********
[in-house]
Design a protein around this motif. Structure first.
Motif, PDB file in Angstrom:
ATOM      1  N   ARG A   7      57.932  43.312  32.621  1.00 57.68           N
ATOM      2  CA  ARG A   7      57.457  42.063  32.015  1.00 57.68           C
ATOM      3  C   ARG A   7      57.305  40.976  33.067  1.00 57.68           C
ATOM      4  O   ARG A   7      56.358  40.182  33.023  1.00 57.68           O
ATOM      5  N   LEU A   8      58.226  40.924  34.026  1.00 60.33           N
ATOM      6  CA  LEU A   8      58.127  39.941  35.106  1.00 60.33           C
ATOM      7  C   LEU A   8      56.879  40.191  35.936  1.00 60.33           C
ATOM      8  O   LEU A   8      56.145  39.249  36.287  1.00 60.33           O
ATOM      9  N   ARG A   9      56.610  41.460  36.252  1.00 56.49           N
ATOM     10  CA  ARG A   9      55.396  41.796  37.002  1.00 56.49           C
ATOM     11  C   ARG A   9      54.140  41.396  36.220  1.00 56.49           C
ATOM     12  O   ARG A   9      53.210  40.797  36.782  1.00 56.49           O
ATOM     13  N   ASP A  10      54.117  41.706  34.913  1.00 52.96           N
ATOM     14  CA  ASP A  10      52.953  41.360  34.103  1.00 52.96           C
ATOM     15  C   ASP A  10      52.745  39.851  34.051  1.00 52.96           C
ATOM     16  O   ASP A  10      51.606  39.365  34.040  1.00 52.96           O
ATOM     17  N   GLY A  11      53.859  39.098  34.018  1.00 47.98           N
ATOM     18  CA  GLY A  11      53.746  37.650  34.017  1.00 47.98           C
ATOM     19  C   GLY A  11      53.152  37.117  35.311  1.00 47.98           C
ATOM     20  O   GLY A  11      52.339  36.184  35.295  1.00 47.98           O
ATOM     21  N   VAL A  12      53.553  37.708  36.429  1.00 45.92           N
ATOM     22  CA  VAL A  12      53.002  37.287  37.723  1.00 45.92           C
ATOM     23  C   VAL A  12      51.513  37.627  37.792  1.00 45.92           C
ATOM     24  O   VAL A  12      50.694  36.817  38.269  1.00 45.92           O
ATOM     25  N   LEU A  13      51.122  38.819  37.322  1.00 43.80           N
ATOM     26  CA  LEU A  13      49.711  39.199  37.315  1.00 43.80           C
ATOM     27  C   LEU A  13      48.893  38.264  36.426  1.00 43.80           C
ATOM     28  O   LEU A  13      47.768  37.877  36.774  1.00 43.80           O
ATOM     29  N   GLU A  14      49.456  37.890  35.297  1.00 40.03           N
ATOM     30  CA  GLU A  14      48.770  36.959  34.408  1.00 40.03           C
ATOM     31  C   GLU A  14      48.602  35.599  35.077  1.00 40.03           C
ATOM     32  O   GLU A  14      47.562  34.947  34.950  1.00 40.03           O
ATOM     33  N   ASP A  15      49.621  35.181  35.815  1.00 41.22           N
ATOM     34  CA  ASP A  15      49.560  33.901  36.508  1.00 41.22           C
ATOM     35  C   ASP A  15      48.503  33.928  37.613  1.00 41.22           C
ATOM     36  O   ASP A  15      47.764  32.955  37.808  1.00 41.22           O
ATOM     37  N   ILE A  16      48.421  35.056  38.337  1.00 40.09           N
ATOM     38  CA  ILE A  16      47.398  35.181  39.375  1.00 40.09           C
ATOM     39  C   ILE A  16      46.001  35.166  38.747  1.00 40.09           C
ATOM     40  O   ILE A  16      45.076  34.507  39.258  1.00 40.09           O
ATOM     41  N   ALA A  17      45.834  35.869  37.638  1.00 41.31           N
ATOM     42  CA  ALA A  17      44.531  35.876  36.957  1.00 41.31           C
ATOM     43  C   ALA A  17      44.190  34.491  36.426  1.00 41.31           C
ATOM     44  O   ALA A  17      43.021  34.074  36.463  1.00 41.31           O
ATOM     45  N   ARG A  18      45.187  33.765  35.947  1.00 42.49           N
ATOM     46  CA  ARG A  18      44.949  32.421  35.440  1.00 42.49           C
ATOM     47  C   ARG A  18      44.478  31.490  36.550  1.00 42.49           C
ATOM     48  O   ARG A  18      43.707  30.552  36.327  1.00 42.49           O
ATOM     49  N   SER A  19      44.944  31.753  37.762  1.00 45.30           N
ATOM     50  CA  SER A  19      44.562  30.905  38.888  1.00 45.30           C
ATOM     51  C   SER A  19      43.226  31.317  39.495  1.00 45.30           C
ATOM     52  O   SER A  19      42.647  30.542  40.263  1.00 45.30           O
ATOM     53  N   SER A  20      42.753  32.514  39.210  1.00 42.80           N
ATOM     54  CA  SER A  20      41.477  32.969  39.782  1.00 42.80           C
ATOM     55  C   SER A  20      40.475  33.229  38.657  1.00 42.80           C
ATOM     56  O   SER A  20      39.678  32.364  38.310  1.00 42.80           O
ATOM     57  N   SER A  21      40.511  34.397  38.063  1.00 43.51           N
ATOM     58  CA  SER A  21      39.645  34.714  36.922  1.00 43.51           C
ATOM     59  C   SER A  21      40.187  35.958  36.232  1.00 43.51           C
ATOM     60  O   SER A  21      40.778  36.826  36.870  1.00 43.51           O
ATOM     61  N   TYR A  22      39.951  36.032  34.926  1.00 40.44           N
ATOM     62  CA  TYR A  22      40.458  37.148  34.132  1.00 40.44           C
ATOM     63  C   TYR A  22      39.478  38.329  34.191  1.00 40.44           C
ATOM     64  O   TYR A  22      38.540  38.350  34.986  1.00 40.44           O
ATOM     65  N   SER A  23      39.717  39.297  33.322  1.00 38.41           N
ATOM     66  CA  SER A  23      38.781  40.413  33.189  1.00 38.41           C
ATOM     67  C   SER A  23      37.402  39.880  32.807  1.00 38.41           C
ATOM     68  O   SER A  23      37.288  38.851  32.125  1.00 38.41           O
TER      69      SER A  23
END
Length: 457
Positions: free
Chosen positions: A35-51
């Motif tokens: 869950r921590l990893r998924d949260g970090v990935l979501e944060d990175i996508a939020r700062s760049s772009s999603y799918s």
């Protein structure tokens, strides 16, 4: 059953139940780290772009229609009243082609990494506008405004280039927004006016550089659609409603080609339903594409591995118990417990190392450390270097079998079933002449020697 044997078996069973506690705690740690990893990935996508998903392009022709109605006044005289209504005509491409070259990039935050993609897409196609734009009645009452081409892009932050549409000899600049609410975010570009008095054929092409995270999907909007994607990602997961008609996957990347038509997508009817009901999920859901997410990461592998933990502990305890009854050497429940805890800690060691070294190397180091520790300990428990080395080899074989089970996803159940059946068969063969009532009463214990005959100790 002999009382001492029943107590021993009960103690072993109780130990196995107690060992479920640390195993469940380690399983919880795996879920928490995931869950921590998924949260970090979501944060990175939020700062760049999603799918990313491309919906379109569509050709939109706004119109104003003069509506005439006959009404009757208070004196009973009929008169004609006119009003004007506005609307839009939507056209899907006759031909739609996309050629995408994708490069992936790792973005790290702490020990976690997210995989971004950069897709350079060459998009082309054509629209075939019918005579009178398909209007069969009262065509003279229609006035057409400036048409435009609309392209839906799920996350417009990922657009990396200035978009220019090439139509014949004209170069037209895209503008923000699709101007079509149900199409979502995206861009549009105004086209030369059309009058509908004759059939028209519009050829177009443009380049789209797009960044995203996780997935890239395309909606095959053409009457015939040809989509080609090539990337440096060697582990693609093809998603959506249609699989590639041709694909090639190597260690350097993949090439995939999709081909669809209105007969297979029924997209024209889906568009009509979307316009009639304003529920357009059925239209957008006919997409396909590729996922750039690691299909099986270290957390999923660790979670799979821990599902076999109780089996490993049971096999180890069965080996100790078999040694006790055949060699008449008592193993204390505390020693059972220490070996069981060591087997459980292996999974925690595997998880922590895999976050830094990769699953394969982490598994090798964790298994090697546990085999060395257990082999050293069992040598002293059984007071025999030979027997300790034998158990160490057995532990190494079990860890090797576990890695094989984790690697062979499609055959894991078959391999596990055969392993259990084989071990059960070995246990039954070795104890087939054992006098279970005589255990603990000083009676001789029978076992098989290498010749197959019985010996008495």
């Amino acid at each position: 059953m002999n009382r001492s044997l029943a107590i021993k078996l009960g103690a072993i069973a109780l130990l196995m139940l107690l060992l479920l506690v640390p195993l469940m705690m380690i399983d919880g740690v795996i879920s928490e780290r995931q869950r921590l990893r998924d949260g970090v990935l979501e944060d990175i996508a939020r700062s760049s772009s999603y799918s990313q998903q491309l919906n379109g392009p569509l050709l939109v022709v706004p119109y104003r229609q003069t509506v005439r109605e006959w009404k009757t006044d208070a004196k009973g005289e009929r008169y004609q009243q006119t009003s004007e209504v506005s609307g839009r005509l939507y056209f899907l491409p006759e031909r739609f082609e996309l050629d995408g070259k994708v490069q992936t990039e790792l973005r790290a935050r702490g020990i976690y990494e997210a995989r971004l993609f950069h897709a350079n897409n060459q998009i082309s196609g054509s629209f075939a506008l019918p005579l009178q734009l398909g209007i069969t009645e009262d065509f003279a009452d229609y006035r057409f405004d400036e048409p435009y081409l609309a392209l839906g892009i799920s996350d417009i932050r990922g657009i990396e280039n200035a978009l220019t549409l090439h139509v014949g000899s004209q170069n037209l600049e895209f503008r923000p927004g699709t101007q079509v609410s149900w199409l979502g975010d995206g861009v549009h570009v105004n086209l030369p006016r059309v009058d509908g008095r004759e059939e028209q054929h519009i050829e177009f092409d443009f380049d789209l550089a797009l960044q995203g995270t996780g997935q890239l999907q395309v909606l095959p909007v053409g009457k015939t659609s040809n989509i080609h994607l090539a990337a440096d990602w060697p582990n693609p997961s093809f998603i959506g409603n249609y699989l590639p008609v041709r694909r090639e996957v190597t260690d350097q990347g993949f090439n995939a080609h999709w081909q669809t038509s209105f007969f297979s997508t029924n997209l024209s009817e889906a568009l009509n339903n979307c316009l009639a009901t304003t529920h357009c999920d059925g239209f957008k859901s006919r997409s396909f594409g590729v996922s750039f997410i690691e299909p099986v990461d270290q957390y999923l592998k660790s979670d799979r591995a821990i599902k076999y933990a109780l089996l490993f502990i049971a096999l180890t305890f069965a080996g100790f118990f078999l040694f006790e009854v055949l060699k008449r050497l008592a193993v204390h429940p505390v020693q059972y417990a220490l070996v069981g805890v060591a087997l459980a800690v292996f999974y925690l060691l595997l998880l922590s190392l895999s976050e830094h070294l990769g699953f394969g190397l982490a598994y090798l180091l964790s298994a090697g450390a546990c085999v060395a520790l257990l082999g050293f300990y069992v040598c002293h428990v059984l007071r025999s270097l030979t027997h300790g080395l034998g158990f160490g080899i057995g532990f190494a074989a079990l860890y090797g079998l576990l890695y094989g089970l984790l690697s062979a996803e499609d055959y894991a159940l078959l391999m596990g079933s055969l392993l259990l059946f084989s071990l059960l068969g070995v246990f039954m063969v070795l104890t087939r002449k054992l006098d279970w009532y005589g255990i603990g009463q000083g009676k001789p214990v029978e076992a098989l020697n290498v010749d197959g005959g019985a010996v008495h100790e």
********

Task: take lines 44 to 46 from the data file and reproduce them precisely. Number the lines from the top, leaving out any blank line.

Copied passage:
ATOM     41  N   ALA A  17      45.834  35.869  37.638  1.00 41.31           N
ATOM     42  CA  ALA A  17      44.531  35.876  36.957  1.00 41.31           C
ATOM     43  C   ALA A  17      44.190  34.491  36.426  1.00 41.31           C